Founding Feminists is FMF’s daily herstory column.

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May 19, 1969: In what seemed like a courtroom scene from another era, Bill Baird was sentenced to three months in prison today for distributing a contraceptive device to an unmarried woman in violation of a Massachusetts law banning “Crimes Against Chastity, Morality, Decency and Good Order.”

The maximum penalty for violation of that law is five years in prison.

11229378_10204695668415158_3026736450309861887_nThe case began on April 6, 1967, when in response to a request by some students, Baird came to Boston University and gave a well-attended lecture on birth control. At the conclusion of his remarks, he gave a package of Emko contraceptive foam to a 19-year-old female student. He was promptly arrested by members of Boston’s Vice Squad, and charged with two separate felonies: exhibiting “obscene” objects (birth control devices) and giving away one of them.

Baird was found guilty on October 17, 1967, though his sentencing was stayed until he could appeal to the Massachusetts Supreme Court. He won a partial victory there 18 days ago, when the Court ruled in “Commonwealth v. William R. Baird” (355 Mass. 746) that it was not illegal to give a lecture on birth control, even if it involves exhibiting contraceptive devices. But the justices voted 4 to 3 to uphold his conviction for distributing any such device to an unmarried individual.

The state’s total ban on birth control, on the books since 1879, was replaced in 1966 by a new statute which allowed physicians and pharmacists to dispense contraceptives – but only to those who were married and over 21.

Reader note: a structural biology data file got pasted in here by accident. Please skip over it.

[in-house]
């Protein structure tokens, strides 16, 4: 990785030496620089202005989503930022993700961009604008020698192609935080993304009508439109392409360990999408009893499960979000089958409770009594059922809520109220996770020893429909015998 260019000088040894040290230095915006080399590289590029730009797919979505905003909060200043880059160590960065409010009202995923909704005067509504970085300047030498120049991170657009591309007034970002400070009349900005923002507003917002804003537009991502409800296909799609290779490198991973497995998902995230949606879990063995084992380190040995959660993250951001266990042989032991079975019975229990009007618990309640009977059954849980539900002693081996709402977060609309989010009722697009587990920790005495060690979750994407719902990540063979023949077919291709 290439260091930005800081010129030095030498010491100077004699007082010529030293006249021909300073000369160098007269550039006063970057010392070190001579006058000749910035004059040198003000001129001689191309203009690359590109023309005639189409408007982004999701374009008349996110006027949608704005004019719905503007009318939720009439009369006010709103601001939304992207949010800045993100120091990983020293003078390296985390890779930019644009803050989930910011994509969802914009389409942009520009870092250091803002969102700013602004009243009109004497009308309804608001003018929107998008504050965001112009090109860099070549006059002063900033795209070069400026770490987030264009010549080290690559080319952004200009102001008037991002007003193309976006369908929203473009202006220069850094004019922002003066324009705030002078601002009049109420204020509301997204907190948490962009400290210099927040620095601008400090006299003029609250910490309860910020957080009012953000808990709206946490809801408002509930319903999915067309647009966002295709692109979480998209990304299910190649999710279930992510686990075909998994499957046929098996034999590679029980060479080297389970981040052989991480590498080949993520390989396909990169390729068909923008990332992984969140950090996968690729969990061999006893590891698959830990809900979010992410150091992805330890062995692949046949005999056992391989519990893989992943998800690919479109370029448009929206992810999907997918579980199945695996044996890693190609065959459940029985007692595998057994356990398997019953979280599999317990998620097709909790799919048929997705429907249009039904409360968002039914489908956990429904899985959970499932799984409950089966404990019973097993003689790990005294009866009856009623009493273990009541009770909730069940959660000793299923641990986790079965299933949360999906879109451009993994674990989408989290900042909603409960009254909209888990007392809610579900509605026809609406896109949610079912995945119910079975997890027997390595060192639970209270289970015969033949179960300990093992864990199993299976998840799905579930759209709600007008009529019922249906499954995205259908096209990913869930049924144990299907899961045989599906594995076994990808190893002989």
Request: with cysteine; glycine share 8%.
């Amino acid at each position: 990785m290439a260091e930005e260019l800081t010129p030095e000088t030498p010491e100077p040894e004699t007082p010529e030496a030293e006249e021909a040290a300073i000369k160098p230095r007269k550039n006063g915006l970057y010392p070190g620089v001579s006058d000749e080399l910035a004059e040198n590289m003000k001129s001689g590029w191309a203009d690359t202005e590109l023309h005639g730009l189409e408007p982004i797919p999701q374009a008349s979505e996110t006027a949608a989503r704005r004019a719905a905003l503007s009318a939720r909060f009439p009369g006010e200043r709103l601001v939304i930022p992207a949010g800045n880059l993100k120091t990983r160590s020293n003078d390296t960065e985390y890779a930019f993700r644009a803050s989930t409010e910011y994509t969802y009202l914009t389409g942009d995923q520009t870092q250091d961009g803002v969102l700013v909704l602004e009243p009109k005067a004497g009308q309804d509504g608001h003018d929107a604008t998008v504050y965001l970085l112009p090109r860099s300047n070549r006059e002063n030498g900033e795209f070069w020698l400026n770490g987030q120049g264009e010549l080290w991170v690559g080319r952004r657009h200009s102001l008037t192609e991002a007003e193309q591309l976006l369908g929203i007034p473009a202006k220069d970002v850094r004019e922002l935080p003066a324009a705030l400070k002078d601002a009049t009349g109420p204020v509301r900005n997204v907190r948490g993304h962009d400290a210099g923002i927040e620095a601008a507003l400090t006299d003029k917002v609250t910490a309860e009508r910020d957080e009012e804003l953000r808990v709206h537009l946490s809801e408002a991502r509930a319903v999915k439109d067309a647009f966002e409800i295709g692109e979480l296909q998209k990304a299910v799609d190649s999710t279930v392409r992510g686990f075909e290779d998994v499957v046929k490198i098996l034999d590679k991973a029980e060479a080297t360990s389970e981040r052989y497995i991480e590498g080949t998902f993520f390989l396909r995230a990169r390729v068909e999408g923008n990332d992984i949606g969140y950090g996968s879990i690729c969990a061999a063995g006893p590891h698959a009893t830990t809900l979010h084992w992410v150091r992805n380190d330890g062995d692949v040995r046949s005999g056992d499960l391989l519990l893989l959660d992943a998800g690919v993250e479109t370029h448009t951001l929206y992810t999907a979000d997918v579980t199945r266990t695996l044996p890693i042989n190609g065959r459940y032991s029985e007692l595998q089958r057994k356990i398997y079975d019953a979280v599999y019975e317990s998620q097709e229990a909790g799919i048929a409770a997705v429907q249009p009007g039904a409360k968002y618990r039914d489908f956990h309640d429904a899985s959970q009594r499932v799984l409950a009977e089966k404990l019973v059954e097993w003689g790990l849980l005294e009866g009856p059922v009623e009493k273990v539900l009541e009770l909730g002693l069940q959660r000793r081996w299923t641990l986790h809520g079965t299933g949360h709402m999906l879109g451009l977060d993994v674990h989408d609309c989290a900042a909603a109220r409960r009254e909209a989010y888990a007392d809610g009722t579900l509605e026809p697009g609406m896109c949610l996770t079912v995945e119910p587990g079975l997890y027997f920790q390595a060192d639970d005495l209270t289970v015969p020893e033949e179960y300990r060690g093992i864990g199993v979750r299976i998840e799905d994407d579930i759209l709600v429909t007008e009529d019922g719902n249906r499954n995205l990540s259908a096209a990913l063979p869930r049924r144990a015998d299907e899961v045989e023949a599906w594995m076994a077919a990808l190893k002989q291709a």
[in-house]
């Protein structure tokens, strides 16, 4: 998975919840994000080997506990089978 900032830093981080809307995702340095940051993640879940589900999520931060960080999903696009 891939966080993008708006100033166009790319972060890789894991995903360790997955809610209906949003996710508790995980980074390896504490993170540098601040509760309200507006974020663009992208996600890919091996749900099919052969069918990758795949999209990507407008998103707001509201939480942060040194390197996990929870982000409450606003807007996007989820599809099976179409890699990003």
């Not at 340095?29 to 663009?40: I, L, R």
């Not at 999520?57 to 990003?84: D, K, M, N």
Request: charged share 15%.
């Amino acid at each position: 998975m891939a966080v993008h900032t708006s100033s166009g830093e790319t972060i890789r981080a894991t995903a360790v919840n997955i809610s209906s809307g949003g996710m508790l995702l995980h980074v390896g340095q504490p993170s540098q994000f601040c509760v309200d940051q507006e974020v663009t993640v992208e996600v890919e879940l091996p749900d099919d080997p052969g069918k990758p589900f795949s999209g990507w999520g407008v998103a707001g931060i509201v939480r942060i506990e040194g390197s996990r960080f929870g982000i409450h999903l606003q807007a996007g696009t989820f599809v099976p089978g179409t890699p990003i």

Though many in the courtroom today had expected nothing more than a symbolic $100 fine to be imposed, the judge declared that Baird was a “menace to society” and sentenced him to three months in the infamous Charles Street Jail. Baird is angry, but prepared to serve his time while appealing his case to the U.S. Supreme Court. Four years ago the Court ruled in “Griswold v. Connecticut” (381 U.S. 479) that married couples have a right to birth control, but has not yet ruled on whether single individuals have that same right, so this will be a test case.


 

UPDATE: Baird began serving his sentence on February 20, 1970. The U.S. Supreme Court did eventually take the case, and on March 22, 1972, ruled in “Eisenstadt v. Baird” (405 U.S. 438) that unmarried individuals have the same right to birth control information and devices as married couples. This landmark decision overturned laws in 26 states.

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David Dismore

David became a lifelong admirer of the suffragists after briefly encountering them in a high school textbook in the early 1960s. Though missing out on that first part of the struggle for equality, he became active in "second wave" feminism through LA NOW in 1974 and has been a full-time feminist, TV news archivist, and women's history researcher at the Feminist Majority Foundation since its creation.